Beans are way cheaper than meat, even Heinz. Even tinned or dried pulses are far cheaper than meat.
So where do they get other food from Wallision? Even the worst co-op type shops I have been in sell frozen veg and cheap(ish) meat. Everything is those shops is similar overpriced so the logic of they can afford the poor choices but not the good doesn't really work.
I also doubt many people are a 4 hour round trip away from some form of supermarket now.
Depends on what you find tasty, Wallison.
Bag of red lentils is about a quid, even out here, and we get charged out the wahzoo for food because this is a rural area.
We don't even have big supermarkets, only a small Morrisons and an even smaller Co-Op. Want to go to a big supermarket? On foot, with ferry and train or bus as a foot passenger you're talking a tenner.
Junk costs more, even at the corner shop.
I wasn't brought up eating veg (except for Sunday dinner and Christmas dinner!) and I rarely had fruit.. And now I actually cringe at the crap I was fed. Fast food, chocolate, pot noodles, ice cream/lollies, ready meals and fizzy pop on tap.. Its a wonder I wasn't obese! However despite growing up with such an unhealthy diet I now absolutely love healthy food and raise my kids on a healthy diet too.
I was a very poor cook when I first left home (to the point where I thought you took a quiche out of its tinfoil and then put it in the oven, yes I did that ) but since having kids i've had to learn and now love cooking! Its not tough to follow simple instructions and I think a lot of it is down to laziness tbh..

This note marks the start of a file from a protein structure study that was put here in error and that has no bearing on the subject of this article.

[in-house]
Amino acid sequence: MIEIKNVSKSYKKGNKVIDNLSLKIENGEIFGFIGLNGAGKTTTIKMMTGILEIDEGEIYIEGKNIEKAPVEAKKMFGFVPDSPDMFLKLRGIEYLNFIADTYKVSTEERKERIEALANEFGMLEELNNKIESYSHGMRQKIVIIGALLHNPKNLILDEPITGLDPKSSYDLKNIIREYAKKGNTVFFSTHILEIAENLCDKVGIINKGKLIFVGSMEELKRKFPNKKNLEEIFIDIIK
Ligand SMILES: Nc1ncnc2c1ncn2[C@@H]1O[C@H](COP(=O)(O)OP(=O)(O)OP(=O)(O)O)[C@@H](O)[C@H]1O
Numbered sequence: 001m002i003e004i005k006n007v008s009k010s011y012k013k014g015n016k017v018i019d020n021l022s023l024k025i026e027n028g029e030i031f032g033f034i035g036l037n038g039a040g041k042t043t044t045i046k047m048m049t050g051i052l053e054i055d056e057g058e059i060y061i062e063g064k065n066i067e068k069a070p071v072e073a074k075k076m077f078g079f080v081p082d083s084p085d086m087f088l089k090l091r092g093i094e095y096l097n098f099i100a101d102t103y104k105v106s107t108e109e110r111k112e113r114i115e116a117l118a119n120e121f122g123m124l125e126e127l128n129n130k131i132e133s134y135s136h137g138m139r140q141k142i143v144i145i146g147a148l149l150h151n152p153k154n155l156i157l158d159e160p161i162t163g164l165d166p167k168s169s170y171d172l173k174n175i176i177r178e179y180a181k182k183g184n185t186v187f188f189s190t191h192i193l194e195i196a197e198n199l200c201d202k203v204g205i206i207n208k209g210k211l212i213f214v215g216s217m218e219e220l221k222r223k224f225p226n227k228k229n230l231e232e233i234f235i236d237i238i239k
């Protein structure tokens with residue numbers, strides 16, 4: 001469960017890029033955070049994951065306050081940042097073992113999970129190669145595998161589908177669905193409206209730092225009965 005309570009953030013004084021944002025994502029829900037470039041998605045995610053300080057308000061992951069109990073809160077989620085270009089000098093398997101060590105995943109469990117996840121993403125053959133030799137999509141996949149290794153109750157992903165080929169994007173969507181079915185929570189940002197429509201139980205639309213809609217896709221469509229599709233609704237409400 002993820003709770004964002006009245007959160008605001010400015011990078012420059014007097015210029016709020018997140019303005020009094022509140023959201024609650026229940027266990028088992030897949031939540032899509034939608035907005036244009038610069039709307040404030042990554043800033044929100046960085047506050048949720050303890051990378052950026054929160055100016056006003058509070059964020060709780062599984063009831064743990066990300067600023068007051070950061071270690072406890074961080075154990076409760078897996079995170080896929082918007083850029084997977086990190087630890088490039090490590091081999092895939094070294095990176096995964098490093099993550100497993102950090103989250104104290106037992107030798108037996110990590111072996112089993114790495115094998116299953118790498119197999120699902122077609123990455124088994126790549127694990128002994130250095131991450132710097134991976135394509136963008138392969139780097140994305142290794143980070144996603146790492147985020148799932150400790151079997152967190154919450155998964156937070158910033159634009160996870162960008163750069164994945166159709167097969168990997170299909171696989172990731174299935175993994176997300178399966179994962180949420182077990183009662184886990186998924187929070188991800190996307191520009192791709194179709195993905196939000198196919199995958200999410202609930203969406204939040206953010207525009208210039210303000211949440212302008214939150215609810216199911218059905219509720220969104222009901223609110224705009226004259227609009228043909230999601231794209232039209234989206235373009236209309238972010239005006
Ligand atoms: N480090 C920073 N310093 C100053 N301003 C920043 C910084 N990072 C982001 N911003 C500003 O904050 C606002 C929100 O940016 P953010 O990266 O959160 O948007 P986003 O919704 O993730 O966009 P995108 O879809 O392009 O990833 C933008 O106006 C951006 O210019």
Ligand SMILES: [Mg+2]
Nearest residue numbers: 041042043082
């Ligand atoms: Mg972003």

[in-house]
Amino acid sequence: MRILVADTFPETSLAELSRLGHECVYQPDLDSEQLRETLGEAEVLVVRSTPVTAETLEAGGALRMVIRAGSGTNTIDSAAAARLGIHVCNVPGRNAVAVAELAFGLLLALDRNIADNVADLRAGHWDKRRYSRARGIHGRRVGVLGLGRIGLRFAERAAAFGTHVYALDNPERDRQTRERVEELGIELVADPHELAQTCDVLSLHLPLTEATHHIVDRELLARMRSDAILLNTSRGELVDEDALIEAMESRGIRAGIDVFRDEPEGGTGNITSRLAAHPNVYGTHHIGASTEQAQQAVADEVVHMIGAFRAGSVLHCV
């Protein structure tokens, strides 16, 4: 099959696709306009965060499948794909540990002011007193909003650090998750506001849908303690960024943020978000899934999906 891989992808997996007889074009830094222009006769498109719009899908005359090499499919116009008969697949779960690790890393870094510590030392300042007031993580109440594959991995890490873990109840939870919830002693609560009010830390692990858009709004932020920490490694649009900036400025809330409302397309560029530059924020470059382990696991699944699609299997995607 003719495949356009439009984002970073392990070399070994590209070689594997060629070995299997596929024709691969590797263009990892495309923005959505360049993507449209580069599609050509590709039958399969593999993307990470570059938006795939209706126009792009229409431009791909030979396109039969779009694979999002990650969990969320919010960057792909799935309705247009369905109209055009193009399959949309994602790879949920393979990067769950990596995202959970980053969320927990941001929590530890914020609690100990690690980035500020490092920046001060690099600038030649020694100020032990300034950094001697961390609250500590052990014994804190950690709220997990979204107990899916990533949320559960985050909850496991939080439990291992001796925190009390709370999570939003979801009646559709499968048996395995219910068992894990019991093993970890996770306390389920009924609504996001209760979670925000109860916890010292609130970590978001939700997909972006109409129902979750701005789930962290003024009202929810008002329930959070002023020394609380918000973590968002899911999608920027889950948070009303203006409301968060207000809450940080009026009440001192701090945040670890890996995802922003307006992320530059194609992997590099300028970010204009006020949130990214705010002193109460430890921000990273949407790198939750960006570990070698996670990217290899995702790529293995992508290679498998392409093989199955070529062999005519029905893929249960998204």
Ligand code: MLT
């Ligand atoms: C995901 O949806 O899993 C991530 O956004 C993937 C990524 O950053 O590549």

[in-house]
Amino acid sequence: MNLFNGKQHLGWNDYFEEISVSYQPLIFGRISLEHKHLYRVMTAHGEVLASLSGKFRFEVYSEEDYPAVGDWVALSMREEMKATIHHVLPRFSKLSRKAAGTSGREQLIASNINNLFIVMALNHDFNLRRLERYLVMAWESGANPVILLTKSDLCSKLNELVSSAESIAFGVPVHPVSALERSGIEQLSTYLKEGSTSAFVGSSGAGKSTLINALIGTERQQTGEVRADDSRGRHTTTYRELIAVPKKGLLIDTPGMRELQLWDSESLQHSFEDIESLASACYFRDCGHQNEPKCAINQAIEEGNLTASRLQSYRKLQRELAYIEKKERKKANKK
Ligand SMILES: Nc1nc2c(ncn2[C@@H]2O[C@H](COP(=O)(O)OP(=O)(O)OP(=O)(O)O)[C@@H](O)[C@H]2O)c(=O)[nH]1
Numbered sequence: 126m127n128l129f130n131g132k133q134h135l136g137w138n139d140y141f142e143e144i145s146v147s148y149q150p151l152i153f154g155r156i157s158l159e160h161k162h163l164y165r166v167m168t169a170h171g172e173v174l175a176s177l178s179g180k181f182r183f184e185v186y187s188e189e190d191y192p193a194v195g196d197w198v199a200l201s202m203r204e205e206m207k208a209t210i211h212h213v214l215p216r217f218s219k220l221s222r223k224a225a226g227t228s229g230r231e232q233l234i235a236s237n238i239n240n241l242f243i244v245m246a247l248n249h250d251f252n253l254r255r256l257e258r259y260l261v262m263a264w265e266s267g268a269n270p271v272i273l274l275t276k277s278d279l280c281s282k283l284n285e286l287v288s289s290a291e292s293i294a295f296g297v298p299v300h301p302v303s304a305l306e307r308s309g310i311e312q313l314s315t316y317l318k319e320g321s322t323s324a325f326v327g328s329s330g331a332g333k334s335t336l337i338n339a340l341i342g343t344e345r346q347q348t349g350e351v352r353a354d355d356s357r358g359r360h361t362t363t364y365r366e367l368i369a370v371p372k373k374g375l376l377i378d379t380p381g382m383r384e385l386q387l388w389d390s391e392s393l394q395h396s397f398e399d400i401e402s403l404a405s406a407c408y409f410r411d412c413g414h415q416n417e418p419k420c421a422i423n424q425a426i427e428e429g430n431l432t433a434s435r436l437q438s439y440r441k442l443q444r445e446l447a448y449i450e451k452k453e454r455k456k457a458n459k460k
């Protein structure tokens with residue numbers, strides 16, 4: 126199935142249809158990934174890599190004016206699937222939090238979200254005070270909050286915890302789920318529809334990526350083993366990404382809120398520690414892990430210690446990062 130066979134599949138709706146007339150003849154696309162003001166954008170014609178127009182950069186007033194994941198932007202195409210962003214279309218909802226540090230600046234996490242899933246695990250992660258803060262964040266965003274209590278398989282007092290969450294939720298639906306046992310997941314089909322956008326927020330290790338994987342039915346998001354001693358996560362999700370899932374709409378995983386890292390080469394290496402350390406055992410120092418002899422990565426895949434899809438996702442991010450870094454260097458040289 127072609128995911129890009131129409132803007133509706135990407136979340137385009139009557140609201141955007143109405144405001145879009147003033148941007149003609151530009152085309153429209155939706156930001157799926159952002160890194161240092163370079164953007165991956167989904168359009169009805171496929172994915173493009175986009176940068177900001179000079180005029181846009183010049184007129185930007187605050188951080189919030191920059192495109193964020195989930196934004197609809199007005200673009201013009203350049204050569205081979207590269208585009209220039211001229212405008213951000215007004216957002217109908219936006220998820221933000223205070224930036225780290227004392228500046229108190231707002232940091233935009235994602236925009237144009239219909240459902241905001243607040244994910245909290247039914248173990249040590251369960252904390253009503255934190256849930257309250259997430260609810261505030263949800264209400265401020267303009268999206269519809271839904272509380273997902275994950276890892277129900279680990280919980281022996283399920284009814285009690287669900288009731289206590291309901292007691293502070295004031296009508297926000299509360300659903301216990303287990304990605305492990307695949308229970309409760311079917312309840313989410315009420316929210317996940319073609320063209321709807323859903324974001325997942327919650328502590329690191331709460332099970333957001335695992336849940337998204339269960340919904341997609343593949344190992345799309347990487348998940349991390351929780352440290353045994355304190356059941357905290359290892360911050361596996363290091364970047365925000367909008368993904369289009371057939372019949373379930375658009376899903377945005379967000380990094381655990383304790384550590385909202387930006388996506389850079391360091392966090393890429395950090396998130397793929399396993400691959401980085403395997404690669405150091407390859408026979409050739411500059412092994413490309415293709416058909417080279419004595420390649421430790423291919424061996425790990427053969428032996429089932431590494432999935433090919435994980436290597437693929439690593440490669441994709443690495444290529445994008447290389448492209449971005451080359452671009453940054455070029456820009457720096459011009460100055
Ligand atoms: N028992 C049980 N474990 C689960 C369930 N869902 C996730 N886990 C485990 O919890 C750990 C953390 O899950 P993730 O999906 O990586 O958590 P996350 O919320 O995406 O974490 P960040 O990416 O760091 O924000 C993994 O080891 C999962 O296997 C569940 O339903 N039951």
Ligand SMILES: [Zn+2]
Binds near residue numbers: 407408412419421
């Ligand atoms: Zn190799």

Sorry - the particular local shop my mythical person shops does not, in common with my own local shop, sell tinned or dried pulses.
My theory is that the '5 a day' campaign has inadvertently worked to promote a message that healthy = expensive.
In order to make the range of fruit and veg sound varied and delicious to people who aren't currently eating them, they frequently suggest things like blueberries, strawberries, grapes, etc, which tend to be much more expensive and go off more quickly.
'5 a day' campaigns tend not to stress cheap locally-sourced seasonal veg and fruit, like cabbage, carrots, and apples, that you can buy cheaply in a market.
Sirzy, if I look at the food that's available to buy where I am, like I said it's cheaper to buy four shitty pies than to make one good one. A massive (shit) pizza would easily feed 3 kids for £1.25. There are no lentils. Or any other pulses. Even tinned tomatoes are expensive in the shops here - 75p last time I looked. They stopped stocking porridge oats a while ago and instead have those little quaker sachets that cost an absolute bomb. Or you can get cheap shitty chocolate non-branded cereal instead, because it's cheaper than eating porridge that way.
My local shop is a crap hole and even that sells enough stuff to manage, as I had to when I was ill, pregnant and had no transport. It wasnt ideal but on the weeks when I had no one to help me out with shopping, it did its job. We had some interesting combinations, but we ate healthily.